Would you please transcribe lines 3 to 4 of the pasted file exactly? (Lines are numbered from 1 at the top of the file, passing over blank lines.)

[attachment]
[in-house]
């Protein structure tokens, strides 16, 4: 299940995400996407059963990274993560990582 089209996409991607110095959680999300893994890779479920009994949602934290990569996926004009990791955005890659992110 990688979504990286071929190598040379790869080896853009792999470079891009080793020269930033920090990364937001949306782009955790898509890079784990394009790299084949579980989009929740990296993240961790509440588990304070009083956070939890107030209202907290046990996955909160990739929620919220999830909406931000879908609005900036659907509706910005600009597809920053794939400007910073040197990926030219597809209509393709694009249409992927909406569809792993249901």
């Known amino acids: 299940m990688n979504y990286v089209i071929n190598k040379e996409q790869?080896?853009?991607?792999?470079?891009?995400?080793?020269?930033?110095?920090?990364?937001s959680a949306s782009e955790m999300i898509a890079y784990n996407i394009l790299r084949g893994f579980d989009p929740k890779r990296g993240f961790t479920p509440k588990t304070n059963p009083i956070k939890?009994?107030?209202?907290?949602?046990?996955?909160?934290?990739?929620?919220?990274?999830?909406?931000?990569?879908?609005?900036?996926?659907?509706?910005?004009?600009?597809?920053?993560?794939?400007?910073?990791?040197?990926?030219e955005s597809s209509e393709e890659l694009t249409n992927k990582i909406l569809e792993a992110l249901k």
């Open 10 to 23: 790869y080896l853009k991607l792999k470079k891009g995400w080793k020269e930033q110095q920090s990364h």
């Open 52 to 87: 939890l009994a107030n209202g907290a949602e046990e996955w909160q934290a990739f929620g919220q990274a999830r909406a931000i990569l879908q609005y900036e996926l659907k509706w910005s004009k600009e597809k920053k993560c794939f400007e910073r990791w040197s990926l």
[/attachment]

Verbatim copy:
């Known amino acids: 299940m990688n979504y990286v089209i071929n190598k040379e996409q790869?080896?853009?991607?792999?470079?891009?995400?080793?020269?930033?110095?920090?990364?937001s959680a949306s782009e955790m999300i898509a890079y784990n996407i394009l790299r084949g893994f579980d989009p929740k890779r990296g993240f961790t479920p509440k588990t304070n059963p009083i956070k939890?009994?107030?209202?907290?949602?046990?996955?909160?934290?990739?929620?919220?990274?999830?909406?931000?990569?879908?609005?900036?996926?659907?509706?910005?004009?600009?597809?920053?993560?794939?400007?910073?990791?040197?990926?030219e955005s597809s209509e393709e890659l694009t249409n992927k990582i909406l569809e792993a992110l249901k």
């Open 10 to 23: 790869y080896l853009k991607l792999k470079k891009g995400w080793k020269e930033q110095q920090s990364h």